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Proc Natl Acad Sci U S A. 2005 Oct 25;102(43):15418-22. Epub 2005 Oct 12.

Coevolution of tRNA intron motifs and tRNA endonuclease architecture in Archaea.

Author information

1
Istituto di Biologia Cellulare, Consiglio Nazionale delle Ricerche, Campus A, Buzzati-Traverso, Via Ramarini 32, Monterotondo Scalo, 00016 Rome, Italy. gtocchini@ibc.cnr.it

Abstract

Members of the three kingdoms of life contain tRNA genes with introns. The introns in pre-tRNAs of Bacteria are self-splicing, whereas introns in archaeal and eukaryal pre-tRNAs are removed by splicing endonucleases. We have studied the structures of the endonucleases of Archaea and the architecture of the sites recognized in their pre-tRNA substrates. Three endonuclease structures are known in the Archaea: a homotetramer in some Euryarchaea, a homodimer in other Euryarchaea, and a heterotetramer in the Crenarchaeota. The homotetramer cleaves only the canonical bulge-helix-bulge structure in its substrates. Variants of the substrate structure, termed bulge-helix-loops, appear in the pre-tRNAs of the Crenarcheota and Nanoarcheota. These variant structures can be cleaved only by the homodimer or heterotetramer forms of the endonucleases. Thus, the structures of the endonucleases and their substrates appear to have evolved together.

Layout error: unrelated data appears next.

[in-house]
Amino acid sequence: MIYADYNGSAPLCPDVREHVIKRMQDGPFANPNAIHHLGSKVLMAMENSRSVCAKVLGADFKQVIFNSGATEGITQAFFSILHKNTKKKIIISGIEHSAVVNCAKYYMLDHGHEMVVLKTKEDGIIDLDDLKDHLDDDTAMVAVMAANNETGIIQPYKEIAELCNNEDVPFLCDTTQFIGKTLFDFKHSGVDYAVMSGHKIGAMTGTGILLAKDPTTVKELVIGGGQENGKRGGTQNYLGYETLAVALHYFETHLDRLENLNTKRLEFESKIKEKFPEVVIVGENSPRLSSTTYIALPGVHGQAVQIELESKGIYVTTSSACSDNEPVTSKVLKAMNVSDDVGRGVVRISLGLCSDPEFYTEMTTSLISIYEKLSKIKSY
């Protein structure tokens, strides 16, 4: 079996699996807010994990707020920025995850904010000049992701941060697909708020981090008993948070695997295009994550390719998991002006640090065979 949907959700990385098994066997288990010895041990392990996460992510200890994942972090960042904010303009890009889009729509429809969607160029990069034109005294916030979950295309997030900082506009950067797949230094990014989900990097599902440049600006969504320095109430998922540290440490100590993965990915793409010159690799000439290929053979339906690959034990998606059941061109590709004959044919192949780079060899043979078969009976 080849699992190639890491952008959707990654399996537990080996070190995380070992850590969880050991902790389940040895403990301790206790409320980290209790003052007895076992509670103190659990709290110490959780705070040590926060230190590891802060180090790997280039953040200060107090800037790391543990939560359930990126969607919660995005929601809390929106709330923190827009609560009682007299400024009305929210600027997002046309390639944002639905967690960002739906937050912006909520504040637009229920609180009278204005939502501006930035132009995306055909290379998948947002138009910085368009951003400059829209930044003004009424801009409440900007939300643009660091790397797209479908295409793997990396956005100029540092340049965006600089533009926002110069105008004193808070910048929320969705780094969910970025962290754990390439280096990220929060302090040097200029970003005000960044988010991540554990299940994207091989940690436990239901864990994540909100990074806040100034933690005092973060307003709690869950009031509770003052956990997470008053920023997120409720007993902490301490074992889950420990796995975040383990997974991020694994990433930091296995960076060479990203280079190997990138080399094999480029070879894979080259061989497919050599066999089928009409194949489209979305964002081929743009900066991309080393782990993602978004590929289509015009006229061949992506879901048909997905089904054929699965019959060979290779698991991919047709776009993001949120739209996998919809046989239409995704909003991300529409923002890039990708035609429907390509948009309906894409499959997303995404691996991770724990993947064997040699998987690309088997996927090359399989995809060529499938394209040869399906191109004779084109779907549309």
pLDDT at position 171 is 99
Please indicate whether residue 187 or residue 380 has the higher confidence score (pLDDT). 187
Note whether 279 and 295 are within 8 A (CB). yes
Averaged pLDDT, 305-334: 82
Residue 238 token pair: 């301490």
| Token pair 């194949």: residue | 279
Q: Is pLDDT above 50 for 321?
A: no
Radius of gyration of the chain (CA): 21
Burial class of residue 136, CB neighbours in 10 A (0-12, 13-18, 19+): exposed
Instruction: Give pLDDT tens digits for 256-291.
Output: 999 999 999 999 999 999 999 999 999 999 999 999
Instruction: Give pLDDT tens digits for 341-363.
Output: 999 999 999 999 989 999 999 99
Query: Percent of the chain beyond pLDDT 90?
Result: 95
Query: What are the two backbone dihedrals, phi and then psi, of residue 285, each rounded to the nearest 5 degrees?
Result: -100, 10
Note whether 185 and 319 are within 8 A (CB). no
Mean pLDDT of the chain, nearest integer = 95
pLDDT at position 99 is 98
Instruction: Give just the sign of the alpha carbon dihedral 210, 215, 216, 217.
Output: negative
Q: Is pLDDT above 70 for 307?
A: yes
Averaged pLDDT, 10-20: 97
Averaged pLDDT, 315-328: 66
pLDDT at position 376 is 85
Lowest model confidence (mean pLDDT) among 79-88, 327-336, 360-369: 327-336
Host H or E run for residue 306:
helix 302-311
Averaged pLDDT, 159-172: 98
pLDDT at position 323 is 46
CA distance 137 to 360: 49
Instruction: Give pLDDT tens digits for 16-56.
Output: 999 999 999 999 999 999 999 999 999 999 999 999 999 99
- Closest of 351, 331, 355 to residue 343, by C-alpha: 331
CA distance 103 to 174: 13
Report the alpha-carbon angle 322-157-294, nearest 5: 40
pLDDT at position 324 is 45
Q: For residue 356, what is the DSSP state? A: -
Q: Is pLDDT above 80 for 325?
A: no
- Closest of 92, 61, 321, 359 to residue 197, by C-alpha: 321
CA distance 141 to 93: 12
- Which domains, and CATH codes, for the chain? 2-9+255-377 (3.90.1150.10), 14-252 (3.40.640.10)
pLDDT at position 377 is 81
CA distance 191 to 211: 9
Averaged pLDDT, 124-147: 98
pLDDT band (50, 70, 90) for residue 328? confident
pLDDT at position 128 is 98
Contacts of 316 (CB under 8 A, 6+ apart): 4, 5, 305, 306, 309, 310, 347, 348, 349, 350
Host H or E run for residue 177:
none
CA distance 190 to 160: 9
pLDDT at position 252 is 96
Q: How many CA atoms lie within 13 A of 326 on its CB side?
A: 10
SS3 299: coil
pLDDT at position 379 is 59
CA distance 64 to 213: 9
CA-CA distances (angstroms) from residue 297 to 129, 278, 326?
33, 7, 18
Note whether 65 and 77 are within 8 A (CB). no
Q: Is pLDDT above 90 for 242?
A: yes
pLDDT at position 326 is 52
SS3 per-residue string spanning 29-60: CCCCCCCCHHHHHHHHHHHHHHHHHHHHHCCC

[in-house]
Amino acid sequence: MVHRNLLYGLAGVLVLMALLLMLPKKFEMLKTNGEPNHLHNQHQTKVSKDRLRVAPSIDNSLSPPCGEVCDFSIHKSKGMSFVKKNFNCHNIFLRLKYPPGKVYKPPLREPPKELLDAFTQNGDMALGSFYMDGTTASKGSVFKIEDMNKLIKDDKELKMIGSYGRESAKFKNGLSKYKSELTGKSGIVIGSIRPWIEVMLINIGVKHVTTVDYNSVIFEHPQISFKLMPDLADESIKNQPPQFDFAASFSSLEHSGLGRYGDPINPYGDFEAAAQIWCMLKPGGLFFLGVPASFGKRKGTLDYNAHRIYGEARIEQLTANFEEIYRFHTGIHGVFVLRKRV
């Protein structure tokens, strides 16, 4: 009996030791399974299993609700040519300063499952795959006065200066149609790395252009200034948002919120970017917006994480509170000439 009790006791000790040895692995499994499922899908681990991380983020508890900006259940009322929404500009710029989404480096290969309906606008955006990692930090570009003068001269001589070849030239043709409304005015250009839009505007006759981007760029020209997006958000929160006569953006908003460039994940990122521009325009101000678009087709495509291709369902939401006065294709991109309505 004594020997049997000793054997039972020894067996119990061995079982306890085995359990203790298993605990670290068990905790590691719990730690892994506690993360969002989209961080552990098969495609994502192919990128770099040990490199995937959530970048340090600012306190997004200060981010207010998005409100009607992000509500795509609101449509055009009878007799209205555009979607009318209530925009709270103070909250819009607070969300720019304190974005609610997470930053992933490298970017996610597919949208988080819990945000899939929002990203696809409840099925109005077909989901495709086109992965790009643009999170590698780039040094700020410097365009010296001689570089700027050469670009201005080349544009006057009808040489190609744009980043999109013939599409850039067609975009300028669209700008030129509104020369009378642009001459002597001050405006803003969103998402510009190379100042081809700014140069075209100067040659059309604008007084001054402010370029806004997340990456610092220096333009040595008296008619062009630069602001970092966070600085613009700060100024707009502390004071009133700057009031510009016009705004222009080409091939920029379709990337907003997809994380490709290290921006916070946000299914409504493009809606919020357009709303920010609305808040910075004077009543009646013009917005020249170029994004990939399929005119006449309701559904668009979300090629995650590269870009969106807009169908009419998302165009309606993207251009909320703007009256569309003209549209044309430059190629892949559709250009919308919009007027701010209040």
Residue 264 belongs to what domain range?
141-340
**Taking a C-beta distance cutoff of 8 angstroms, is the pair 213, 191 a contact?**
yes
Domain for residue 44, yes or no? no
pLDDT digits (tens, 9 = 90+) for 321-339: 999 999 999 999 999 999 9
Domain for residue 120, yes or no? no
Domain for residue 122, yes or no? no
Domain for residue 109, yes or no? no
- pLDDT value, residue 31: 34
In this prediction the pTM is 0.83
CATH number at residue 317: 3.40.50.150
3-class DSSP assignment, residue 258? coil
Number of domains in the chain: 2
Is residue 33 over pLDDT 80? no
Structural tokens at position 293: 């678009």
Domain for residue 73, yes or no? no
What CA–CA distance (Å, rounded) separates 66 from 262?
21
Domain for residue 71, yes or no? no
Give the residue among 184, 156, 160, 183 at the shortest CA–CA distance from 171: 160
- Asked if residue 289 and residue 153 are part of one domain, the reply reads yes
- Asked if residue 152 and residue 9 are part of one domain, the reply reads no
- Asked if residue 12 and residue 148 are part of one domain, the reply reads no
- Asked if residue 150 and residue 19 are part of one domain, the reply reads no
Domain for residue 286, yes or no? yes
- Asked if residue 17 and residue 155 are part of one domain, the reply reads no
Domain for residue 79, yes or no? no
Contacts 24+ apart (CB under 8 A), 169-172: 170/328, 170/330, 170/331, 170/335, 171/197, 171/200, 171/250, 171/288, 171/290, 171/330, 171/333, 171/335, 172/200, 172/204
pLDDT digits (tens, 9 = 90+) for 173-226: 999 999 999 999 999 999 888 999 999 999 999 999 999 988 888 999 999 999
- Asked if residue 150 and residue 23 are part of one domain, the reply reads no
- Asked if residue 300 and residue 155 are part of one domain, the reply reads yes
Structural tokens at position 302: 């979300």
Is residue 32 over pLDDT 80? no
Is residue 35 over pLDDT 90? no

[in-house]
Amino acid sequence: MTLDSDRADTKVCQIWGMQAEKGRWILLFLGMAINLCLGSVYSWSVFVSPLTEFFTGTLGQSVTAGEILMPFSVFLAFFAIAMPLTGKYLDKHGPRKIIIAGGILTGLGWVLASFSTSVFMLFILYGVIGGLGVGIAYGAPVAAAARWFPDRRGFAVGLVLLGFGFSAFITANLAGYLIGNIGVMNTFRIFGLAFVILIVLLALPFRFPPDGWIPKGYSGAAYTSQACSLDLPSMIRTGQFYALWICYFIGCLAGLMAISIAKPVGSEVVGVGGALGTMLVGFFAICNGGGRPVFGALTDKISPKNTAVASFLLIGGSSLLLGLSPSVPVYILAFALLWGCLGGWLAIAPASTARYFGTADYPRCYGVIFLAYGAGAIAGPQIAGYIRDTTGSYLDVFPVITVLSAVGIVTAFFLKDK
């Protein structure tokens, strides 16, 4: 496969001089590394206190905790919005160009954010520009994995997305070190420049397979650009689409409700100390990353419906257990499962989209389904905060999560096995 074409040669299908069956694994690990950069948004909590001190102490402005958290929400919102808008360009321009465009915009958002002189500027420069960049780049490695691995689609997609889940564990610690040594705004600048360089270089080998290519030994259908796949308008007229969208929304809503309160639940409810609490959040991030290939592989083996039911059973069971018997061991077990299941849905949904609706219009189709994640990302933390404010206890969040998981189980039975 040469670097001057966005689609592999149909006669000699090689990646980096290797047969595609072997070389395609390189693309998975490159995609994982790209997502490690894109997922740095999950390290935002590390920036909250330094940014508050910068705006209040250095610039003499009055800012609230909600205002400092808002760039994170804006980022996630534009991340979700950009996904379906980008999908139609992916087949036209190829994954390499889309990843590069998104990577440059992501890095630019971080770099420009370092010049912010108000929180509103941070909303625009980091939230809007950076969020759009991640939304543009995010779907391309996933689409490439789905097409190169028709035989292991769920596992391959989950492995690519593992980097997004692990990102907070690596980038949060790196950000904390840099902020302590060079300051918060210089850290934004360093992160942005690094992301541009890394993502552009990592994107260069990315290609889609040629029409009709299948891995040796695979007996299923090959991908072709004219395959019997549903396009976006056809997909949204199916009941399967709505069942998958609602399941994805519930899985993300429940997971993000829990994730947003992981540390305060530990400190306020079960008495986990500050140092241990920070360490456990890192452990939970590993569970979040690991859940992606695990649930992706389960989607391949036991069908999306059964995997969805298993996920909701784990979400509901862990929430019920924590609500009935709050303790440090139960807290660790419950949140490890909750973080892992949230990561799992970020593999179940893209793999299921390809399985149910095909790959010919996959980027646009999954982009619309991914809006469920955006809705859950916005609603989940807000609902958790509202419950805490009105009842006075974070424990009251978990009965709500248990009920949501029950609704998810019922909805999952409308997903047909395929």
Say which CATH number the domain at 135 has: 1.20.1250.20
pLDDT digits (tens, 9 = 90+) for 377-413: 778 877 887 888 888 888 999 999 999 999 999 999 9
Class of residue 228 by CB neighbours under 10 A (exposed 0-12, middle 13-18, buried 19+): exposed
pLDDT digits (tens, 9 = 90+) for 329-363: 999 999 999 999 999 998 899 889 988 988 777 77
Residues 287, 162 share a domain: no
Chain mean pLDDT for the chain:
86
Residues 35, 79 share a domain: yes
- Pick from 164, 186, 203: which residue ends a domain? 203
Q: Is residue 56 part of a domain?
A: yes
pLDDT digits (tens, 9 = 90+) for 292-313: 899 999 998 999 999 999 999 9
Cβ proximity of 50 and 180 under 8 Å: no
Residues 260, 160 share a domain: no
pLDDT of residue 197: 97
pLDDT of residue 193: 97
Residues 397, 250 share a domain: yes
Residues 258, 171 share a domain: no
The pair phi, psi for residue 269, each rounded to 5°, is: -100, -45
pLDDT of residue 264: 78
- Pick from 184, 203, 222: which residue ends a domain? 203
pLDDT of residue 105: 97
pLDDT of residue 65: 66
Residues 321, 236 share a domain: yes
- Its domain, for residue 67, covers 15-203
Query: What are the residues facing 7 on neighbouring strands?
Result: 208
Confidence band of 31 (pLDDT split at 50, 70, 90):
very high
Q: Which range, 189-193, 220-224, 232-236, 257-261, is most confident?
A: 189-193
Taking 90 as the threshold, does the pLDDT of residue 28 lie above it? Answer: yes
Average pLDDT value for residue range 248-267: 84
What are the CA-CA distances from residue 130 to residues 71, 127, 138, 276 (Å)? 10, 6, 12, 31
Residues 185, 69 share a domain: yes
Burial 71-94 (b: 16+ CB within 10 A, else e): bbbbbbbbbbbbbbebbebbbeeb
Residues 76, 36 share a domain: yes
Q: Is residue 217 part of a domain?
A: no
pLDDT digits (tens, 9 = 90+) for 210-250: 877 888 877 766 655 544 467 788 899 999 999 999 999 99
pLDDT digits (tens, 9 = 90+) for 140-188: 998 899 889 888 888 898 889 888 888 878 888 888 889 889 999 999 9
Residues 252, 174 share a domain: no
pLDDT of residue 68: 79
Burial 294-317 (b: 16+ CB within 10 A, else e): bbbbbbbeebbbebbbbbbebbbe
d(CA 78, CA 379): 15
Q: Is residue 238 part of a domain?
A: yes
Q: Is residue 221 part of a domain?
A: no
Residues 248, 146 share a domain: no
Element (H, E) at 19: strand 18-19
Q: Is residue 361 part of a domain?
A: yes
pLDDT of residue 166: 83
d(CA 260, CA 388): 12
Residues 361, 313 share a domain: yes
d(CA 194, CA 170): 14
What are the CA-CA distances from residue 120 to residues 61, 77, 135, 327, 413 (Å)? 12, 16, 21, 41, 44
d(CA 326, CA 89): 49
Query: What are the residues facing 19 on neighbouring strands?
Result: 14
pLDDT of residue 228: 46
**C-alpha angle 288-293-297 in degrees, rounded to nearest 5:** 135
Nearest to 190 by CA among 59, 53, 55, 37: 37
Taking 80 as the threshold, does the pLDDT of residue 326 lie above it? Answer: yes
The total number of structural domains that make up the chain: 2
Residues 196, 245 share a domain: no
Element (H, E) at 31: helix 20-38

PMID:
16221764
PMCID:
PMC1266117
DOI:
10.1073/pnas.0506750102
[Indexed for MEDLINE]
Free PMC Article

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